Water Quality Violations and Avoidance Behavior: Evidence from Bottled Water Consumption
In this paper, we examine the impact of poor water quality on avoidance behavior by estimating the change in bottled water purchases in response to drinking water violations. Using data from a national grocery chain matched with water quality violations, we find an increase in bottled water sales of 22 percent from violations due to microorganisms and 17 percent from violations due to elements and chemicals. Back-of-the envelope calculations yield costs of avoidance behavior at roughly $60 million for all nationwide violations in 2005, which likely reflects a significant understatement of the total willingness to pay to eliminate violations.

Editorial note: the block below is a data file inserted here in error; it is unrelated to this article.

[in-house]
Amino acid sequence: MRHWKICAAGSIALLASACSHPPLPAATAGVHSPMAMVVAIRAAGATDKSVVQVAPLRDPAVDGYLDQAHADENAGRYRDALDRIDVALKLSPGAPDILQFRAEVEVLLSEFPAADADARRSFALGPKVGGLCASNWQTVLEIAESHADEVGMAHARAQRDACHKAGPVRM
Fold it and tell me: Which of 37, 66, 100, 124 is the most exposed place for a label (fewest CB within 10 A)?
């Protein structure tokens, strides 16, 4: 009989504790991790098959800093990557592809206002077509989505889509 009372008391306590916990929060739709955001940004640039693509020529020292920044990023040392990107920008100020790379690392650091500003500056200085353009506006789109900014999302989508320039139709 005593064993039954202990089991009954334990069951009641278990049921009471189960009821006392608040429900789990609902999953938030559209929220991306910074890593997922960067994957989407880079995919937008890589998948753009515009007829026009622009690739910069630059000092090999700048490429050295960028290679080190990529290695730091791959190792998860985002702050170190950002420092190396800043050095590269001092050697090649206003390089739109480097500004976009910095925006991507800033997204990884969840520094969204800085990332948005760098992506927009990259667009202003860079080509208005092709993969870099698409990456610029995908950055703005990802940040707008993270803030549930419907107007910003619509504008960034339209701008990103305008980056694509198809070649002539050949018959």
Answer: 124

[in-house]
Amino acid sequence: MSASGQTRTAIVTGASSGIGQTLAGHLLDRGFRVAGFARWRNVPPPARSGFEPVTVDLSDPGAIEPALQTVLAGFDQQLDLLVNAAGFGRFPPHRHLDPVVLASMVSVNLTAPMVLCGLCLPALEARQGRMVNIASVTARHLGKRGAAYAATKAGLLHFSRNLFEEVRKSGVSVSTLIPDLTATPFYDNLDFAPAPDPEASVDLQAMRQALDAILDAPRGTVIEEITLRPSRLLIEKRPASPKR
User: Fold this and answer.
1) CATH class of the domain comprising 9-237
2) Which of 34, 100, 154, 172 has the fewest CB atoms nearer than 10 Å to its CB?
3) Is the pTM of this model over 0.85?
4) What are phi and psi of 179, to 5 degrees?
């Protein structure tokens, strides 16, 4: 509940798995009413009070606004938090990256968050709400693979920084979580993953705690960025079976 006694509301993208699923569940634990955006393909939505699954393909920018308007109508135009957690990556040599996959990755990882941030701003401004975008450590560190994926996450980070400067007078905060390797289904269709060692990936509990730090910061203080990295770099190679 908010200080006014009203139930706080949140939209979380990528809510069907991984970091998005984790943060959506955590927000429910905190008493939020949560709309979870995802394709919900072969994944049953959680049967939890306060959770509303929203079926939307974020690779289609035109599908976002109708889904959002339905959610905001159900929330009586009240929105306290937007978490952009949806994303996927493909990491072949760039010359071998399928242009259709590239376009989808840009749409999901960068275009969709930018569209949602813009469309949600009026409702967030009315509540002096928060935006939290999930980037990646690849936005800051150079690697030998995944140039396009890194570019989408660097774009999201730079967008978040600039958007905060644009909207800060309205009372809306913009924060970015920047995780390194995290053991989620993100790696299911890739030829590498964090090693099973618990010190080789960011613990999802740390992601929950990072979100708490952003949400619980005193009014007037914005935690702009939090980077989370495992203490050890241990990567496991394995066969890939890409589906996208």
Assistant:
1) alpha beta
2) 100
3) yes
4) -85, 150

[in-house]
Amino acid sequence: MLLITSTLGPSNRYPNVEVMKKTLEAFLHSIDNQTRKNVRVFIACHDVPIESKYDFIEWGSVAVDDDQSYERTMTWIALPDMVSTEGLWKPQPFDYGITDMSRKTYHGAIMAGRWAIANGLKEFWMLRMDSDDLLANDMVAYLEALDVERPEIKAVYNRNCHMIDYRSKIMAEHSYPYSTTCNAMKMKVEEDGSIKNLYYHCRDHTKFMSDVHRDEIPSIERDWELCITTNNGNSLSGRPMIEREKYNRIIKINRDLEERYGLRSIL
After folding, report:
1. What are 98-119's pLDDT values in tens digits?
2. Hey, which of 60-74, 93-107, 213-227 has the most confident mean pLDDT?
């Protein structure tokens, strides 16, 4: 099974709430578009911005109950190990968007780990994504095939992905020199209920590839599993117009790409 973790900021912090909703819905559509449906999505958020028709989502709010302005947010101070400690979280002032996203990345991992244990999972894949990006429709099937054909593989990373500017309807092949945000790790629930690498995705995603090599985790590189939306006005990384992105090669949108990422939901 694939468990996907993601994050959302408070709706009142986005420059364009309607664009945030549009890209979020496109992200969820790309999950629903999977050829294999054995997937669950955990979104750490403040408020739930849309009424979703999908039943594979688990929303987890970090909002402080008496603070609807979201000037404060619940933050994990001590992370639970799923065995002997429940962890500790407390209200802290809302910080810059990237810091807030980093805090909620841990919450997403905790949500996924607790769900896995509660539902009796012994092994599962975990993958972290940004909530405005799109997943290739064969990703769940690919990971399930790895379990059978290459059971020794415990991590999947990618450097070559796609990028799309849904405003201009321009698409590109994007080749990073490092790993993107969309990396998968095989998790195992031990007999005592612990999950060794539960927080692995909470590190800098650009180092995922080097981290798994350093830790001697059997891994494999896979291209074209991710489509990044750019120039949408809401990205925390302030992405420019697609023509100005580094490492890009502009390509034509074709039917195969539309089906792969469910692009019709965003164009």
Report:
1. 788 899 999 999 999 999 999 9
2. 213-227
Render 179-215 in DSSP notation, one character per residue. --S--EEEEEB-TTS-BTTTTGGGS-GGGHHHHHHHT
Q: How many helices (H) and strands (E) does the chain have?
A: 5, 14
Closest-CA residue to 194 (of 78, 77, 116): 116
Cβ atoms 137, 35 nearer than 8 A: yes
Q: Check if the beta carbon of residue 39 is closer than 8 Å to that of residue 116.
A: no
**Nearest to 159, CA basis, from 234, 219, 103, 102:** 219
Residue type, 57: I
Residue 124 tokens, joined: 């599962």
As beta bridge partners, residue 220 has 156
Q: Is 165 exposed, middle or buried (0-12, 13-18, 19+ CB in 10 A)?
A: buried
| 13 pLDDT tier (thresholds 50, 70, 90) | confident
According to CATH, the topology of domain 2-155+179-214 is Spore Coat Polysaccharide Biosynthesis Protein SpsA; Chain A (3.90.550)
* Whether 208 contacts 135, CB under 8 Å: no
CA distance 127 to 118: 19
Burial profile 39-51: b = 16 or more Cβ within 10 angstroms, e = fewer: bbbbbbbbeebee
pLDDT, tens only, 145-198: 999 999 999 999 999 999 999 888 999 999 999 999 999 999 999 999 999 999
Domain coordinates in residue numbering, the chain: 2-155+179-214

Document Object Identifier (DOI): 10.3386/w16695
Published: Joshua Graff Zivin & Matthew Neidell & Wolfram Schlenker, 2011. "Water Quality Violations and Avoidance Behavior: Evidence from Bottled Water Consumption," American Economic Review, American Economic Association, vol. 101(3), pages 448-53, May.
Users who downloaded this paper also downloaded these: